American Library Association Director Says Book Bans Aim to ‘Suppress Social Change’ | Chicago News


The Florida Department of Education announced Friday that it will ban 54 math textbooks on the grounds that they teach critical race theory.

The ban is a record as 41% of the 132 books submitted for review were censored. Book bans may not be new, but in the past year alone, more than 1,500 books have been banned in school districts across the country according to Pen America, a nonprofit organization dedicated to protection of free speech in the United States.

Tracie Hall, executive director of the American Library Association, says books banned over the past year target topics such as racism, sexuality and sexual orientation.

One of the most banned books in schools nationwide, for example, is “The Bluest Eye” by Toni Morrison, winner of the National Book Critics Circle Award.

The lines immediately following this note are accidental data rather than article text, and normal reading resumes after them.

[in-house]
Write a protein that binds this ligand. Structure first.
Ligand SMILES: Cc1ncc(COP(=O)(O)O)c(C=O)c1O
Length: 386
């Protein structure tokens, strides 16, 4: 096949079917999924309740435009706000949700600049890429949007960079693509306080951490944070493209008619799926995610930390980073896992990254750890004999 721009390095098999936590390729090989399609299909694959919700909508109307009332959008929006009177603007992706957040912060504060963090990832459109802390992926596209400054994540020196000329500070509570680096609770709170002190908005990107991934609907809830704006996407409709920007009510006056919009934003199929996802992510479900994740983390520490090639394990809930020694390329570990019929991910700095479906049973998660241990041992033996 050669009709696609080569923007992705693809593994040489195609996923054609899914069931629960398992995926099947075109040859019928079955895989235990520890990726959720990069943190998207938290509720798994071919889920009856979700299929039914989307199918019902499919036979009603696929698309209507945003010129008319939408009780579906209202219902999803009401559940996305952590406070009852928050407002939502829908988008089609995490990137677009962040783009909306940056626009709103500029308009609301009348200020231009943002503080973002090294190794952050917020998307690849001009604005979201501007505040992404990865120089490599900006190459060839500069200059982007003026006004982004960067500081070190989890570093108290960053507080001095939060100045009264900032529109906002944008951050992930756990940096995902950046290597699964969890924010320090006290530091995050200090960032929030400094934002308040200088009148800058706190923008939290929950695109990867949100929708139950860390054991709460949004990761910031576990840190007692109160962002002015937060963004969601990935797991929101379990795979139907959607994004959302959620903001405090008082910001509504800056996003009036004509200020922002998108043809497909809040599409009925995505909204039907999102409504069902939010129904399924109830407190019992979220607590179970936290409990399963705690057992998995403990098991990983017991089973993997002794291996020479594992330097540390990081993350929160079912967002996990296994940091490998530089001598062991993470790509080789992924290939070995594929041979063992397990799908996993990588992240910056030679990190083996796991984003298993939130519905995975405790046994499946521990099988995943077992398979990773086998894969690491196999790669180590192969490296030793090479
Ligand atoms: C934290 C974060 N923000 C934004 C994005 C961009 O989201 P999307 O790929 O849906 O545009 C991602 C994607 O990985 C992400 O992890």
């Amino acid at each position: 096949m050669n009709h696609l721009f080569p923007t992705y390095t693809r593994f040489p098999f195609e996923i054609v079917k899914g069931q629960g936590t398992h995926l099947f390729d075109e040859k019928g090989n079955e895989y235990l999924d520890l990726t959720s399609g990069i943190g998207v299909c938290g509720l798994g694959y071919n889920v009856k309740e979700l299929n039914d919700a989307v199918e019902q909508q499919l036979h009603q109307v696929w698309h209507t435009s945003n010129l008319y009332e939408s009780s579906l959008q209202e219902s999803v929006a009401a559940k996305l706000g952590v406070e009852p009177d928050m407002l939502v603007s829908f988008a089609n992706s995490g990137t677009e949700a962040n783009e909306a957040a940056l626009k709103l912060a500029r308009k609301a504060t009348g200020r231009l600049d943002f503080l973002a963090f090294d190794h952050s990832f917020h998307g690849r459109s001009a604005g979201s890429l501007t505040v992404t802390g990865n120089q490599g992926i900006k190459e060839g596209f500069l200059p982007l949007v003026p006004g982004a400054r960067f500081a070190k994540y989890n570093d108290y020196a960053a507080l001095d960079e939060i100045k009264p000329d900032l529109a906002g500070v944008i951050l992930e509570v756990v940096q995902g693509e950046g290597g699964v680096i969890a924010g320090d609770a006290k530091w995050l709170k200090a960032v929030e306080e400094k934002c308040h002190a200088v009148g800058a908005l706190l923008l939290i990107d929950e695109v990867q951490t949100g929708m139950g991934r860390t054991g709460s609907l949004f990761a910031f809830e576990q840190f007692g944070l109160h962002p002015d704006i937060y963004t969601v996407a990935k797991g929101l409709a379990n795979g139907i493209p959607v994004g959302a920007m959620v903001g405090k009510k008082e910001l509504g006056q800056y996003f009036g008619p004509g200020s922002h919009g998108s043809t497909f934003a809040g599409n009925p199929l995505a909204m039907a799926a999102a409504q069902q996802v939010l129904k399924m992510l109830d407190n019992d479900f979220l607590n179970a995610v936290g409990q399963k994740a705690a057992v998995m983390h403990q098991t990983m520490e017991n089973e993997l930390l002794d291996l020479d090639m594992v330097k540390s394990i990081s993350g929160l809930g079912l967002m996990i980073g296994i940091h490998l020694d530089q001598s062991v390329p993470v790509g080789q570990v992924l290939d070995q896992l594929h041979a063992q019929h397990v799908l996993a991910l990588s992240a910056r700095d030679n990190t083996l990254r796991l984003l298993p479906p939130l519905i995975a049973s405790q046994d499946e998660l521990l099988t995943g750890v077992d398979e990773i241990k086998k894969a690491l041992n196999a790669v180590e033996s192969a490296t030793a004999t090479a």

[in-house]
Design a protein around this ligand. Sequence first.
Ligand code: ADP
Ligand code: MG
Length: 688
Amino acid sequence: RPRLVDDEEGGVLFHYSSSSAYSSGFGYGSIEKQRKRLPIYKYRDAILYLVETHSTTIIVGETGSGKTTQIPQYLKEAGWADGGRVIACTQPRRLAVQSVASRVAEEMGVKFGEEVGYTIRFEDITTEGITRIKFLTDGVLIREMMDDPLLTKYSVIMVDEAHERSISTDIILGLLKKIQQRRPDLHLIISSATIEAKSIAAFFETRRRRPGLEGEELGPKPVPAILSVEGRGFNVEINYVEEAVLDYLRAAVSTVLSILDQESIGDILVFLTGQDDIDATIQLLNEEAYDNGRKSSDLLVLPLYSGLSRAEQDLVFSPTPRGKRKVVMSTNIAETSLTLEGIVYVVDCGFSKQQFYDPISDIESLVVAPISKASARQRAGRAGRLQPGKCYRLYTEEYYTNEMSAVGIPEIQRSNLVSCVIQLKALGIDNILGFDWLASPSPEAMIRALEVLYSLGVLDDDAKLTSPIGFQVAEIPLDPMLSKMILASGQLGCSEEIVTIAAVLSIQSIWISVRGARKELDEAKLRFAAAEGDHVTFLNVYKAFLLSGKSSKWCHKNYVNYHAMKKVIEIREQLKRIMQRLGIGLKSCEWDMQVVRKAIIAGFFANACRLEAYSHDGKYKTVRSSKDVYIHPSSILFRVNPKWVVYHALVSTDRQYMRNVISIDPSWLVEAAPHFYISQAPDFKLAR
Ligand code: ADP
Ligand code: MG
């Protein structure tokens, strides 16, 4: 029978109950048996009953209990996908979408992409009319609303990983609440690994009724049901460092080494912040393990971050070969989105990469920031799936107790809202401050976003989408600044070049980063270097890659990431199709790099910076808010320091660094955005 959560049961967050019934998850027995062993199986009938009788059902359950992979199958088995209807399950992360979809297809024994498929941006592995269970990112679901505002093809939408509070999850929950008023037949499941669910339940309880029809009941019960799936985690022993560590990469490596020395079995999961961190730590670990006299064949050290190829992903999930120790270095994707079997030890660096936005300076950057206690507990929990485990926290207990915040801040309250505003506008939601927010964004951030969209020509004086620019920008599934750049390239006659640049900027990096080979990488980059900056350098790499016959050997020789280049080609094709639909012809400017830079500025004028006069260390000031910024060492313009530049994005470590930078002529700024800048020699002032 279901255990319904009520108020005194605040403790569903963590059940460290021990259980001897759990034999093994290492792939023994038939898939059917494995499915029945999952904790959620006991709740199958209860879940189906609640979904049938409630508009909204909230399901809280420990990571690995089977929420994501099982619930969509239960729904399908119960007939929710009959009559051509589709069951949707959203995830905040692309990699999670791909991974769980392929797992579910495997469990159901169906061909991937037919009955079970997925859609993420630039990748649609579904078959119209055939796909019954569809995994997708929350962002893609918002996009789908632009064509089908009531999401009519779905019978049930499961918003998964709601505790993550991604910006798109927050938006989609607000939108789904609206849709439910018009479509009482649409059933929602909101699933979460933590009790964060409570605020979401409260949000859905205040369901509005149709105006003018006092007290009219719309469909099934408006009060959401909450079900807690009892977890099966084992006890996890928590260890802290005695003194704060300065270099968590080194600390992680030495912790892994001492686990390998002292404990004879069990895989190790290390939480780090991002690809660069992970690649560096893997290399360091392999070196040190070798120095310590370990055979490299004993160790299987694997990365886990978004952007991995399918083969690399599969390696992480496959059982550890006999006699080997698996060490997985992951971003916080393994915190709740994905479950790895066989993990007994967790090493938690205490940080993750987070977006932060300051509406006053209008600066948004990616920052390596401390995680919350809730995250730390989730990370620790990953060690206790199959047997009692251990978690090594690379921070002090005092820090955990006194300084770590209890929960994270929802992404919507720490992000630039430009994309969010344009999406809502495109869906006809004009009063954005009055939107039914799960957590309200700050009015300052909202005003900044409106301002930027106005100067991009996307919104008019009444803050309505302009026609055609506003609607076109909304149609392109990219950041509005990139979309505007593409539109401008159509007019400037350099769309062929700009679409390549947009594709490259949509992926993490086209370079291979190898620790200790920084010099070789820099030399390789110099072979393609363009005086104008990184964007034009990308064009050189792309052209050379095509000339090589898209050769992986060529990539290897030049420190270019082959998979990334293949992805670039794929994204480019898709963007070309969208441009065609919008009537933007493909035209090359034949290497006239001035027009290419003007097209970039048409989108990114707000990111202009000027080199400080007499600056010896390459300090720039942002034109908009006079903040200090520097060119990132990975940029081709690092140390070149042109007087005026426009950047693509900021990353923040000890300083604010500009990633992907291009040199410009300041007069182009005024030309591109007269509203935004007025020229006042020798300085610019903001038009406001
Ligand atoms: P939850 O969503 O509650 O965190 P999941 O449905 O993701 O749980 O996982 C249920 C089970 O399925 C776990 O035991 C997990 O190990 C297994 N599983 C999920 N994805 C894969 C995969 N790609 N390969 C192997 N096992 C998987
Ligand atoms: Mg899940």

At least 42 states have introduced legislation or taken action to restrict the teaching of critical theory of race, gender identity and sexual orientation, according to Education Week.

Hall says the bans threaten “freedom to read” and disproportionately affect LGBTQIA communities and other minority groups.

“Just like in McCarthy’s time there was a desire to suppress social change, we’re seeing that happening again,” Hall said. “Especially as people of color and LGBTQIA people seek more social inclusion and political power.”

On Monday, Florida Governor Ron DeSantis said parents have a fundamental role in the upbringing, health and well-being of their children. But Hall says that when a government creates a law to ban books, it takes away parents’ right to decide what materials their children have access to.


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